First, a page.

Shalom Life | July 20, 2015

Potentially the Earliest Form of Man-made Pollution Discovered in Israel

400,000-year-old teeth indicate early traces of food and pollution

By: Daina Goldfinger

Published: June 18th, 2015 in News » World

Potentially the Earliest Form of Man-made Pollution Discovered in Israel

Photo: 400,000-year-old dental tartar discovered in Israel


Israel is an archaeological hub, with many founded artifacts dating back to thousands of years ago. Former discoveries have included the piecing together of a 3,000-year-old broken jug, the excavation of a 5,000-year-old music scene and a 1,000-year-old Jewish marriage contract.

Now, researchers have potentially discovered the oldest documented case of man-made pollution – fossilized teeth that are 400,000 years old.

Archaeologists from Tel Aviv University have collaborated with scholars from Spain, the United Kingdom and Australia to excavate various artifacts from the Qesam Cave that showcase many findings from the late Lower Paleolithic period.

The artifacts found in the Qesam Cave, including the fossilized teeth, indicate people’s diets at the time, in addition to potential respiratory irritants and the quality of air.

Professor Avi Gopher, a Professor within the Department of Archaeology and Ancient Near Civilizations, and a researcher working on the Qesam Cave excavation, explained that human teeth had never been studied before for dental calculus. Because of the aging of the plaque in the teeth, the expectations for tooth preservation were quite low. Despite this, since the cave was sealed for 200,000 years, the teeth were preserved “exceedingly well.”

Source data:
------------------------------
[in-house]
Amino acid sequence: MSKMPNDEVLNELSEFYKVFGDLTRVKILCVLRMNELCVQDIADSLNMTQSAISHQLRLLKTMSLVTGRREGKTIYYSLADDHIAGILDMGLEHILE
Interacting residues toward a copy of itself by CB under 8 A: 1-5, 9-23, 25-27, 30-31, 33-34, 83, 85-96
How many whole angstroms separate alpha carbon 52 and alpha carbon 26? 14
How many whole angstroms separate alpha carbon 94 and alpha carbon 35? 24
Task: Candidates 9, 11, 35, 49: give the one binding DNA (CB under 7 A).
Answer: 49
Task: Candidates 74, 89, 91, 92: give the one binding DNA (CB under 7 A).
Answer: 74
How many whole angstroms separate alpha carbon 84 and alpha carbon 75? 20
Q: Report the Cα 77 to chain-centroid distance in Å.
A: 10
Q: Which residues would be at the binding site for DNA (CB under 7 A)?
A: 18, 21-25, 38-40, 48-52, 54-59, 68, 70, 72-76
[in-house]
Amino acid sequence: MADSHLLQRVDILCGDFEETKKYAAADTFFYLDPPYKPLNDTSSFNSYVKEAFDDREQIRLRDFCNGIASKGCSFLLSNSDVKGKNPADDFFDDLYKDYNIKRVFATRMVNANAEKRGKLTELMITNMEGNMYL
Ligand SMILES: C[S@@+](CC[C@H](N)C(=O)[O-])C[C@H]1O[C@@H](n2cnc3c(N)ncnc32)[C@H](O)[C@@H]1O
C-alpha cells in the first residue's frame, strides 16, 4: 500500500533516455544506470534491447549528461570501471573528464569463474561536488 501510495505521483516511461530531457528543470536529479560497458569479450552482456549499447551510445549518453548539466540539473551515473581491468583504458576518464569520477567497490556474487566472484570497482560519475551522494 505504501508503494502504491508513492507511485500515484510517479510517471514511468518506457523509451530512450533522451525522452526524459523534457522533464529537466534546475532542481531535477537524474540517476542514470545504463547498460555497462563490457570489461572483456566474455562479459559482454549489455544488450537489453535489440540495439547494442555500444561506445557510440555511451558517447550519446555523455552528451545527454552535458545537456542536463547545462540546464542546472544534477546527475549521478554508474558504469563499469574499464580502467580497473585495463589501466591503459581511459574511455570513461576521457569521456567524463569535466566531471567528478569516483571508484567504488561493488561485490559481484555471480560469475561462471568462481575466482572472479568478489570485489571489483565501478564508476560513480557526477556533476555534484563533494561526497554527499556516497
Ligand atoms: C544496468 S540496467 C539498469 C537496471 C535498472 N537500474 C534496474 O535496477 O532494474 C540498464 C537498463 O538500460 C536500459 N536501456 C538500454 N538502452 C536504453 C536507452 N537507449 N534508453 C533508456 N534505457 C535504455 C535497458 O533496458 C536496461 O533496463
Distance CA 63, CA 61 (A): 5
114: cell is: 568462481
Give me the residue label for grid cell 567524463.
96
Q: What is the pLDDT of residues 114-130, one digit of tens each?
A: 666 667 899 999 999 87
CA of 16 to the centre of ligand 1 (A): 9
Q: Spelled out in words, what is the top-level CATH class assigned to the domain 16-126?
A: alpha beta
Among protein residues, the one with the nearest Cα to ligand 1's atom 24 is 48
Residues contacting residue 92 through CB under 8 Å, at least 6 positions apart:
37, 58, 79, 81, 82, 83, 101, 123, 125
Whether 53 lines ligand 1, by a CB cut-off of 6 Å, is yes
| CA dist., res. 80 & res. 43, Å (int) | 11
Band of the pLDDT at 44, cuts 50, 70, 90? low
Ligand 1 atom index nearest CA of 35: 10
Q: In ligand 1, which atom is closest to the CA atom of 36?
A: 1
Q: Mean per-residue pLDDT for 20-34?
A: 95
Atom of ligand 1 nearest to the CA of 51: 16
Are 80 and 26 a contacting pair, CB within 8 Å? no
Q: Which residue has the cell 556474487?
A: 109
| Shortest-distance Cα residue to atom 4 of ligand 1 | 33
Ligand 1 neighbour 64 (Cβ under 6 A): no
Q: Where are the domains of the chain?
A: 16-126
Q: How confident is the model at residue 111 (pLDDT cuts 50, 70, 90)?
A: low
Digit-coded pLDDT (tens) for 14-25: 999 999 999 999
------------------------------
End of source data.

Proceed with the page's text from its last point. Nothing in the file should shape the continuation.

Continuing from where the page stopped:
Researchers discovered the food that was eaten, which was comprised of essential fatty acid, which could have been consumed in the form of nuts, seeds other plant-based sources. “We know that the cave dwellers ate animals, and exploited them entirely,” explained Professor Barkai, one of the lead researchers from Tel Aviv University’s Archaeology department. “Now we have direct evidence of a tiny piece of the plant-based part of their diet also, in addition to the animal meat and fat they consumed.”

The archaeologists that discovered the 400,000-year-old teeth also found possible respiratory irritants in the dental plaque. The traces of charcoal are speculated to have been caused by inhaling smoke from indoor fires.

According to Barkai, the excavation of the teeth is one of the earliest discoveries of inhaled environmental pollution, which may have negatively affected those living during the Paleolithic period.

“This is one of the first, if not the first, cases of manmade pollution on the plant,” said Barkai. “Our findings are rare. There is no other similar discovery from this time period.”

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